In an opinion written by Justice Henry DuPont Ridgely, a unanimous panel of the Delaware Supreme Court recently threw out a $2.8 million verdict in the case of Michael Galliher v. R.T. Vanderbilt. Defense Litigation Insider previously covered the verdict and Trial Court’s post trial opinion. Here, R.T. Vanderbilt (“Vanderbilt”) appealed the verdict claiming the Trial Court failed to include a necessary jury instruction and certain testimony from plaintiff’s witnesses prejudiced the trial. Plaintiff cross appealed and claimed he should receive post-verdict interest on the award, but the Supreme Court did not reach that issue. Instead, the Court ordered a new trial based on the fact that Dr. Barry Castleman provided inadmissible testimony and the Trial Court did not provide a jury instruction on the duty of care owed by Mr. Galliher’s employer.
Dr. Castleman’s Testimony:
During cross examination, Dr. Castleman made several statements that were non-responsive to questions of defense counsel, including some information that had been specifically excluded by the Trial Court. Dr. Castleman testified that: (1) Johns-Manville employees had called Vanderbilt “liars;” (2) Vanderbilt spent millions of dollars on studies to undermine government regulatory action with respect to its talc; and (3) it was “buying senators and lobbying the government.” The Court determined Dr. Castleman’s unsolicited testimony during cross examination was inadmissible and its prejudicial effect required a new trial.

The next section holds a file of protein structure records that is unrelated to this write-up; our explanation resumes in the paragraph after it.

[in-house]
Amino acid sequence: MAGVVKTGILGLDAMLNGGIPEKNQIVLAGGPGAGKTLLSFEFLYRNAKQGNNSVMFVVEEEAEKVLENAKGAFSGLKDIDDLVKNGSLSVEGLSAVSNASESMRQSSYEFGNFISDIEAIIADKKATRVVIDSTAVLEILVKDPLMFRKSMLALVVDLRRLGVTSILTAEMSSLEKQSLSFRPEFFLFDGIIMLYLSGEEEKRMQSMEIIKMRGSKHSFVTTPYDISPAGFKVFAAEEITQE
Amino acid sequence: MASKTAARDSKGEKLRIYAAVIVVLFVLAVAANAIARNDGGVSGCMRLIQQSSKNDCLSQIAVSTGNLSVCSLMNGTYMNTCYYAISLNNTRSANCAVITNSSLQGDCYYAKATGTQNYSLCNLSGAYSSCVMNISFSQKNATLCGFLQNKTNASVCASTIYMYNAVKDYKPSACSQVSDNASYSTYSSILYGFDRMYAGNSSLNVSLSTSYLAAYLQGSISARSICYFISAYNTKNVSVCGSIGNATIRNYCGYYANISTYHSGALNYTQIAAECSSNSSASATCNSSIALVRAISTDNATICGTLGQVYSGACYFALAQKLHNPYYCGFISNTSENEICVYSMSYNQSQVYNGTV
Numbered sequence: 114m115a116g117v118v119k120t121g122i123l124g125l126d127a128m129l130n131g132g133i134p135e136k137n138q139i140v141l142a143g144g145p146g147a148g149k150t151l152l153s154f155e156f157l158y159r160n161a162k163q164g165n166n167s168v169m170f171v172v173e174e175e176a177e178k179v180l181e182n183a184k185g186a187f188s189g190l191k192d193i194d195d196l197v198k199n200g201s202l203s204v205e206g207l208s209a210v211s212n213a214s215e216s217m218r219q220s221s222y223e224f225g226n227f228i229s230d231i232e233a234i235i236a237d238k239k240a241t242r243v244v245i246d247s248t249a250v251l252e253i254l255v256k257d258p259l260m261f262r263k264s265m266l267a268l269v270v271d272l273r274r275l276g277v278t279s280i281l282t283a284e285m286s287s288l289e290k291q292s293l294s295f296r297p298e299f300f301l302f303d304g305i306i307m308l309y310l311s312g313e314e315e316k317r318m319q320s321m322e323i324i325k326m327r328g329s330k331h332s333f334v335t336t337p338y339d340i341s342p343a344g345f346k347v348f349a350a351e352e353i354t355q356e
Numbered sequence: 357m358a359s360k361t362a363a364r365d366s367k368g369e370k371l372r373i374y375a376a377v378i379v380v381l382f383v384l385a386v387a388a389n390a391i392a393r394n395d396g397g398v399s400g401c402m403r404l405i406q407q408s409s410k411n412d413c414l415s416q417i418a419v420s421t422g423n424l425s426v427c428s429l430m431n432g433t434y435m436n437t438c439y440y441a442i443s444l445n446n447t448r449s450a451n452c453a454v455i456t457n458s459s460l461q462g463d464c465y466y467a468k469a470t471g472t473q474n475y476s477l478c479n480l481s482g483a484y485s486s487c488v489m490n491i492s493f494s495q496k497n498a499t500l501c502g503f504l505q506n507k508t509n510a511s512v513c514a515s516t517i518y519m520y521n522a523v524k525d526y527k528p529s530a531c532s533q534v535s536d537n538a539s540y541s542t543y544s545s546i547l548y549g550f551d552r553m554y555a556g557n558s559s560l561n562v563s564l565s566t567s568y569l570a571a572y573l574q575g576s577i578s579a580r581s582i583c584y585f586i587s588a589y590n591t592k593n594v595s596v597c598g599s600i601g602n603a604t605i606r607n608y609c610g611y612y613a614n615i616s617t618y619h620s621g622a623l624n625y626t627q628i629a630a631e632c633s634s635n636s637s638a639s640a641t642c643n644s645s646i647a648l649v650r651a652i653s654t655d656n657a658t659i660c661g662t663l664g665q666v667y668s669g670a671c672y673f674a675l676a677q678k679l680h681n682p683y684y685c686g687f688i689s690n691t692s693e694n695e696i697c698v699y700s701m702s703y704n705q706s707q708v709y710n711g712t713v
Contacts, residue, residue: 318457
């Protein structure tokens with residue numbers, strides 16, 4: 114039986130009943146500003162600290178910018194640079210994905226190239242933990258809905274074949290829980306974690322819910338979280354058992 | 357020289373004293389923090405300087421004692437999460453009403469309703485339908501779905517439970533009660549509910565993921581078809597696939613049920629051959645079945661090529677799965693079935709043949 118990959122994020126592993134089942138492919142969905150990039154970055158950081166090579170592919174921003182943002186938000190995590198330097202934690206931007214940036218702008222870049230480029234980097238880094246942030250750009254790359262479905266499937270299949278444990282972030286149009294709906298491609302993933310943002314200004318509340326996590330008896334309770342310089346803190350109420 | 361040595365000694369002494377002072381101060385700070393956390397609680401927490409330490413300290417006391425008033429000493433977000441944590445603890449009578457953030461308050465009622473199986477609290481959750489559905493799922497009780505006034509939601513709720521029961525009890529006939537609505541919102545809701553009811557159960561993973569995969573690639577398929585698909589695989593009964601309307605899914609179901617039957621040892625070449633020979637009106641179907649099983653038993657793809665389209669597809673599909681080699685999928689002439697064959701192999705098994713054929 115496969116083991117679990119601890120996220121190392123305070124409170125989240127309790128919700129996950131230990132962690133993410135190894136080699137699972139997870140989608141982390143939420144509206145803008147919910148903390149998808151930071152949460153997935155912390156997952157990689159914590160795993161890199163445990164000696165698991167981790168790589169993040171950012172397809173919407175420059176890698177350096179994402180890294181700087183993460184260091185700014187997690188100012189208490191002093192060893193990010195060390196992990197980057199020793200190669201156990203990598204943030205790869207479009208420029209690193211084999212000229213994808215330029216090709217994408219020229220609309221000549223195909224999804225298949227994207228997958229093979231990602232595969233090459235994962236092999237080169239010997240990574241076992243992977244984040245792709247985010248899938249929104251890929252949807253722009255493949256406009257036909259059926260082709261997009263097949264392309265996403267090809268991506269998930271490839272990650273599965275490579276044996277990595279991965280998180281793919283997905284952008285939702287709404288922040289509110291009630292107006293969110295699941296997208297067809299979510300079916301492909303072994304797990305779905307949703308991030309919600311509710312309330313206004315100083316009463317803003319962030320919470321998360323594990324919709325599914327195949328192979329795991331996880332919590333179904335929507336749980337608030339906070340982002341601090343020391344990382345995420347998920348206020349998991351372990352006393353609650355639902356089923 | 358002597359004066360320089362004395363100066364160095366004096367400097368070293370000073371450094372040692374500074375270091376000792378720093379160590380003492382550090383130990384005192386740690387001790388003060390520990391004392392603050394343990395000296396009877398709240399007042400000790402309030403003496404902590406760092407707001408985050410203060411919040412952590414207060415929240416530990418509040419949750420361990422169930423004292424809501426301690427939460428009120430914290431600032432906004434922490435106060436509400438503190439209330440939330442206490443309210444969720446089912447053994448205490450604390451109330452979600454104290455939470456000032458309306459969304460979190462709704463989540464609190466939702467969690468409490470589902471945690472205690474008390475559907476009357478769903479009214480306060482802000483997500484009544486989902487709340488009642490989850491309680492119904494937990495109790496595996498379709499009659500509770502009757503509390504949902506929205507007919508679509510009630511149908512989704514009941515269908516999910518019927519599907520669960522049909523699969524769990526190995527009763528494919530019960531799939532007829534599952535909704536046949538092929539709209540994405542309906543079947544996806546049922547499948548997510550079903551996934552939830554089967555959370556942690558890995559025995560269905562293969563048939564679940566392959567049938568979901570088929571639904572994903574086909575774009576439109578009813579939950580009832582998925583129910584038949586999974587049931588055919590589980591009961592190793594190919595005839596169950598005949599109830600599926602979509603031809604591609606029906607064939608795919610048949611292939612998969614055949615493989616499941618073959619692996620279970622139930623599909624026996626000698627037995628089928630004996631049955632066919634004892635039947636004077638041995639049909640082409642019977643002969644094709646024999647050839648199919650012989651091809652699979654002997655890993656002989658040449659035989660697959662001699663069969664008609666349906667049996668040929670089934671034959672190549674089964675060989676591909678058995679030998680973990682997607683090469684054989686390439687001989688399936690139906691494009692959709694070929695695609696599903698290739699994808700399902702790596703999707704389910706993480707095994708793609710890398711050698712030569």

The Court also overturned the verdict because the Trial Court did not include an instruction to the jury on the duty of care owed by Mr. Galliher’s employer. Vanderbilt sought apportionment of fault to the employer and requested a duty of care instruction. While the Trial Court indicated it would include such an instruction in the final set of jury instructions, it omitted the instruction from the set given to the jury. The Court found that was an error and such an instruction must be added for the re-trial, which has since been scheduled for March 9, 2015.
Trial Tip Take Aways:
* Disclosure: Bill Larson served as the Trial Judge’s law clerk during the Galliher trial, but had no involvement in the post-trial motions.